Of the artist and his context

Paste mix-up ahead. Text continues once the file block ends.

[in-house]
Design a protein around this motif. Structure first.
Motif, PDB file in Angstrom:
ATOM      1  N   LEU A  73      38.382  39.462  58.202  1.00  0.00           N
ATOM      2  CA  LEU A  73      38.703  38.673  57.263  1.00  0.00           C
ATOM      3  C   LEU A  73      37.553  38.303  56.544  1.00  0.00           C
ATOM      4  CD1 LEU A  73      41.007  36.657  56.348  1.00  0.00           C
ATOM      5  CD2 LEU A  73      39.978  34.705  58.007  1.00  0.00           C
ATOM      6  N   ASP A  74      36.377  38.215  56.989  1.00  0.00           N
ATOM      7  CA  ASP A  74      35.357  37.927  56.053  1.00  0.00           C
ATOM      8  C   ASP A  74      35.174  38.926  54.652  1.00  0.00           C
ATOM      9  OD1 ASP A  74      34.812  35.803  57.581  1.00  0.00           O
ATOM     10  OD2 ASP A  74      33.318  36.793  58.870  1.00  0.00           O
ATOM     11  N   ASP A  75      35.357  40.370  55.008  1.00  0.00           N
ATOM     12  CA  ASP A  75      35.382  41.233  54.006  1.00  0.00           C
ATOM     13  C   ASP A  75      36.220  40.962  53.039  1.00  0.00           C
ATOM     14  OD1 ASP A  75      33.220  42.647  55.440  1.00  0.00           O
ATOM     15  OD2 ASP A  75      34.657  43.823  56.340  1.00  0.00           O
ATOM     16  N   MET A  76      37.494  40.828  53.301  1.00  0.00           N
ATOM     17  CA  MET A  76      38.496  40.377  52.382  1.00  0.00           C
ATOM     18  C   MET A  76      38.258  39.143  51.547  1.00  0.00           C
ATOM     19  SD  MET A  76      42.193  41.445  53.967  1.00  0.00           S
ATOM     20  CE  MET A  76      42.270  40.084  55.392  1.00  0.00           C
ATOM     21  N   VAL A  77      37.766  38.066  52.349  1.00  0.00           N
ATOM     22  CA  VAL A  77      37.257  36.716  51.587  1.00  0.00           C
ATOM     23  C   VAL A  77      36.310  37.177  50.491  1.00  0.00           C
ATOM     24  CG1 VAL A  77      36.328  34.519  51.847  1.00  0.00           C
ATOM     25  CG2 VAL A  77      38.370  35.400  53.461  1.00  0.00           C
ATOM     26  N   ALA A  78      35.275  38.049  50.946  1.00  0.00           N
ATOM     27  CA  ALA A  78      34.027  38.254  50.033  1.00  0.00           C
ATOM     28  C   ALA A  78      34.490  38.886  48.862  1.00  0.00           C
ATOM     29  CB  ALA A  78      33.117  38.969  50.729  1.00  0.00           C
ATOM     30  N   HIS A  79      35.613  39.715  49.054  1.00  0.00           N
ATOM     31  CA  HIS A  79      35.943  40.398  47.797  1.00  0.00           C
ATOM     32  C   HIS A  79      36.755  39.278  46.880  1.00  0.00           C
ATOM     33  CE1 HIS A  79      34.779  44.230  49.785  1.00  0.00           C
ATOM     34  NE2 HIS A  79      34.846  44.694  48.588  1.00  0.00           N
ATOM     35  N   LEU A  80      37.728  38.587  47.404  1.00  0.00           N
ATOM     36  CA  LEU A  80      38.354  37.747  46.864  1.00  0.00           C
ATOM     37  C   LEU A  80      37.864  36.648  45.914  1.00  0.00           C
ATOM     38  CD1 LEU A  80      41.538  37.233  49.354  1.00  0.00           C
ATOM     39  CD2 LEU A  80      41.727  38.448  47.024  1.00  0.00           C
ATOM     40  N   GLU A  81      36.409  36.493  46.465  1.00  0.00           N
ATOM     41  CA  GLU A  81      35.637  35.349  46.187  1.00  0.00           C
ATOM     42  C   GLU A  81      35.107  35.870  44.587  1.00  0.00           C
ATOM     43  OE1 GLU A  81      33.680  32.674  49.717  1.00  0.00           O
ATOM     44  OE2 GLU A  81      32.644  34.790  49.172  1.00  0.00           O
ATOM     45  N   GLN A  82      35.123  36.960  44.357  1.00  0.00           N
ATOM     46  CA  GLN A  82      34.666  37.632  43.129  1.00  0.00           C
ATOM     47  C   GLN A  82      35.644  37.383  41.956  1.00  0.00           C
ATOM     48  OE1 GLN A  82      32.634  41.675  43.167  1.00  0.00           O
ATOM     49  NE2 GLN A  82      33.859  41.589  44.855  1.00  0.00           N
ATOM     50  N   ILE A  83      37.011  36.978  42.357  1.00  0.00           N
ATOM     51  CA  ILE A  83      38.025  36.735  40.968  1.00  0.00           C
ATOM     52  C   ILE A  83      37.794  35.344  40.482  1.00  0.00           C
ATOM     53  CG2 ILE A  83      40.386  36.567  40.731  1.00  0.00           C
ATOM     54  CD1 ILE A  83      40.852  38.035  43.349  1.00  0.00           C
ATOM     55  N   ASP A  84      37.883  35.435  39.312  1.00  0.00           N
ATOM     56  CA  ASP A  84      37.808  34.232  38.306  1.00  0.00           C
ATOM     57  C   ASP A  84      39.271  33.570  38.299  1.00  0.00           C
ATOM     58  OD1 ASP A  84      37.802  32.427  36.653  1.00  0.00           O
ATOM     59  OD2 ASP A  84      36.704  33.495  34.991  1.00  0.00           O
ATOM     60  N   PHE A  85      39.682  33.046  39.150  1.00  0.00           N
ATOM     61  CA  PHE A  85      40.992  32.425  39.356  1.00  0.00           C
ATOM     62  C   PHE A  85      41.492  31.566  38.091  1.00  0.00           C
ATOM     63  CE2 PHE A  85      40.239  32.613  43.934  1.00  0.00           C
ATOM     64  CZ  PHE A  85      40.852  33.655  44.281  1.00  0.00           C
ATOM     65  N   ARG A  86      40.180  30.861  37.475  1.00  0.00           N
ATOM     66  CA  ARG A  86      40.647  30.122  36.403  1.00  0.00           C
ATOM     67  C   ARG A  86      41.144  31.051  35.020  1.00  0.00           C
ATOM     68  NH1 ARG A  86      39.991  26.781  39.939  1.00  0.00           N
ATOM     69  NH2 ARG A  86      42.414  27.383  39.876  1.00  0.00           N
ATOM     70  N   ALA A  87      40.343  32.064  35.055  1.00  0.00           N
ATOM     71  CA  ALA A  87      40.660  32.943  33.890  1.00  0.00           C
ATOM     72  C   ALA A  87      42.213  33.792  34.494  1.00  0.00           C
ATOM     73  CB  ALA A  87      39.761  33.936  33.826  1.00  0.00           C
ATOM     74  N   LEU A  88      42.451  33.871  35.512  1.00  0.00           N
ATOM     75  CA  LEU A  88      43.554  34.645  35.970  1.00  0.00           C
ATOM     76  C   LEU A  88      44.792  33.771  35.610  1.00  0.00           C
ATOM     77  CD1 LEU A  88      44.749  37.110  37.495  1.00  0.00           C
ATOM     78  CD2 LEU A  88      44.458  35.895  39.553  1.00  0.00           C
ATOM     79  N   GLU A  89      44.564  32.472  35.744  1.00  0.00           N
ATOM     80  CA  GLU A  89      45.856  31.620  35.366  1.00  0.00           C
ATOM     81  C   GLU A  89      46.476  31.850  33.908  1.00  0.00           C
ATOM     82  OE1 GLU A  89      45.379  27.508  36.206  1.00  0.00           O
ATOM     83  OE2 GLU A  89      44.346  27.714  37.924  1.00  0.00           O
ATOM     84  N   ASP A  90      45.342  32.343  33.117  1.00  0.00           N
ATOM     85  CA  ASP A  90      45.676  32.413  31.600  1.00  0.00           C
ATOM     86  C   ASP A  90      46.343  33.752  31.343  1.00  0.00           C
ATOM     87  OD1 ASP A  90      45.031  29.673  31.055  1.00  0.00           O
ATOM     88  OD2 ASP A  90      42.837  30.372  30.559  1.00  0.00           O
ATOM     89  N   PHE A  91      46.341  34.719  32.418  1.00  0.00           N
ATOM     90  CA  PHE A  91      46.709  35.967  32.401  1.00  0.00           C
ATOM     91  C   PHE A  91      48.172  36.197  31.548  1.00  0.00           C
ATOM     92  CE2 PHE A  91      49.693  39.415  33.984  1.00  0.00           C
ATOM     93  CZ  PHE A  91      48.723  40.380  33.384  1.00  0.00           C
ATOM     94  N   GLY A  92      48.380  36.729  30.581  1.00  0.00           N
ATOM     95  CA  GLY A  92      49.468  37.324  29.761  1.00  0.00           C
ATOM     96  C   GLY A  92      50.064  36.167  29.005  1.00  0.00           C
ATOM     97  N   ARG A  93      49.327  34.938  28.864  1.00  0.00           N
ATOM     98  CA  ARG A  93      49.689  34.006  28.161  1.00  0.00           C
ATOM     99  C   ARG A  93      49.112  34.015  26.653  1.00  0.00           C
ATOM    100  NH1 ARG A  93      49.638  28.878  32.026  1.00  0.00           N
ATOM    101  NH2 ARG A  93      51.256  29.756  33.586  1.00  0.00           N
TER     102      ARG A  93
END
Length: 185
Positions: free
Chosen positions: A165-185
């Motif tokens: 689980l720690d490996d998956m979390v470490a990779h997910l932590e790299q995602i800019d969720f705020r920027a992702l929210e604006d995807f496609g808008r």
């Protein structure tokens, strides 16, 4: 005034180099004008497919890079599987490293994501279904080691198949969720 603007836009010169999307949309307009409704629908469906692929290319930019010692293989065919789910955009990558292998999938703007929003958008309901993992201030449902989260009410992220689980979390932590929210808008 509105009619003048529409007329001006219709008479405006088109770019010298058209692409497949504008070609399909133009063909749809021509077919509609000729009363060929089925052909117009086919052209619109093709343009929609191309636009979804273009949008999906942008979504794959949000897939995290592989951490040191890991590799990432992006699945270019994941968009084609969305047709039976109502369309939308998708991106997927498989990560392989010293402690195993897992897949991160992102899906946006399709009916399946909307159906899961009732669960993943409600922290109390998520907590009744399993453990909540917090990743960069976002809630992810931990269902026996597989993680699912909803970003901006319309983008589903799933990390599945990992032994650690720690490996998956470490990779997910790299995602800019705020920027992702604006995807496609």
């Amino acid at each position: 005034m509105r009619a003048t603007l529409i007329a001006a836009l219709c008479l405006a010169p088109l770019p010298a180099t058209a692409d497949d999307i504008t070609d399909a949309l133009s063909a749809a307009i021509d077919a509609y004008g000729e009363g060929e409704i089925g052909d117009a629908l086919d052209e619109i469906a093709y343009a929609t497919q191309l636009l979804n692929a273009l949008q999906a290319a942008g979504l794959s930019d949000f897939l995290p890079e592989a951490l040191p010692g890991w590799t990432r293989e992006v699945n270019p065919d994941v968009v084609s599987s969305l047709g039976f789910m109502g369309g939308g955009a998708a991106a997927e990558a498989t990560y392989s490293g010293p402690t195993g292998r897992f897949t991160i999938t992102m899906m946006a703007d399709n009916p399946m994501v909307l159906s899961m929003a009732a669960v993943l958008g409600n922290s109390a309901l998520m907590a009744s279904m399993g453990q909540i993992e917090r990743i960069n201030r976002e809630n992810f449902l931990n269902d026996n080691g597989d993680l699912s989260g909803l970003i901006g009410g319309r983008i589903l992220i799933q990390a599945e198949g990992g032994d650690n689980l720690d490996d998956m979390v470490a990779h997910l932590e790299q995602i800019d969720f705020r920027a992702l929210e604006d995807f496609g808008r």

It is probably not widely known that Ansesa was one of the people responsible for transforming the referent which has become one of the most representative images of Girona; the brightly painted façades reflected in the river. This is the multi-coloured Girona which the mayor of the day, Joaquim Nadal, had the competence to turn into an emblem for publicity and a tourist attraction. It is probably even less known that the choice of colours was not based on an artistic whim of its creators, the painters Ansesa and Faixó, but was inspired by the old and forgotten colours found under the encrusted surfaces of the walls of the houses on the banks of the river Onyar. Although Ansesa’s work would seem to have little in common with this multi-coloured scenery, and still less with the meanings it later acquired in its use as a city brand image, we can establish a link which has less to do with visual factors and more to do with factors of a procedural, even strategic, nature, since ideas of recovering identities and resuscitating buried memories – in this case the visual history of the walls replaced by a quaint faux dilapidation which is, at the same time, colonised in the city’s collective imagination by models representing the past based principally on photographic technique – are values running through the artist’s work. As an example of this I would like to mention a series of decisive works from the seventies, perhaps his most politically influenced period, for the importance which allusions in favour of proscribed views acquired at this time. Everything from clandestine writing to banned voices, from subjectivities restricted to secondary struggles and resistant attitudes is covered. Some of the titles of these paintings – Letter to Francesc Macià, Chronicle in the Form of the Cross of Saint George or The Story of a Survival – or the tributes to exemplary people such as Miguel Hernández, Rafael Alberti, Oriol Solé Seguranyes and Lluís M. Xirinacs, are an expression of this desire to recover a universe of signs, memories and human lives disfigured or consigned to oblivion by the authorities, and vindicate, with the presentation of this almost obliterated world, an alternative reality. Not long after this urban restoration project, in about the mideighties, Ansesa’s work, like that of many others of his generation, faded from a public eye now dominated by the hegemony of a new aesthetic sensibility - the expression, among other things, of the fundamental changes in a system turning increasingly towards a strictly economic logic. The cultural climates that did not respond to the requirements and demands of the entertainment industry tended to fade away and anything which involved intellectual effort or presented an ethical commitment was pilloried. In this context, in which the dominant current of thought tried to erase any aesthetic/symbolic practices which did not conform to the celebratory and affirmative spirit of the times, it is no wonder that Ansesa’s work became, up to a point, uncomfortable. In fact, his imagery, drenched in negativity, in the Adornonian sense of the word, in his severe and distant paintings, was distasteful to a society which expected its artists to let themselves be consumed by the euphoria of a sterile presentism which neither asked questions nor gave answers. The approach of some artists little suited to the new dominant ideological and cultural climate was to withdraw into their own work, and they responded to the enthronement of the frivolous with a redoubled desire for significance. This behaviour can be observed in Ansesa to a certain extent, but far from retreating into the genteel isolation of the ivory tower, he has shown an attentive receptiveness to any channels and paths which could help him approach potential end-users of his work. In this sense, his curatorial work in exhibitions, where he has been able to endow a new functionality to some of his research, in particular in the creation of spaces, as well as his extensive work on posters and illustrations, should be noted. On the other hand, his more specific works do not shut themselves up in incestuous isolation, nor do they get lost in the abstract and nebulous regions of bared souls. Rather, they are characterized by a desire to combine connotations of the mysteries, ancestrality and profound psychism with permanent attention to today’s problems. A path and a perspective which, not by coincidence, are in keeping with one of the most fruitful and creative traditions produced by the contemporary artistic scene in Catalunya.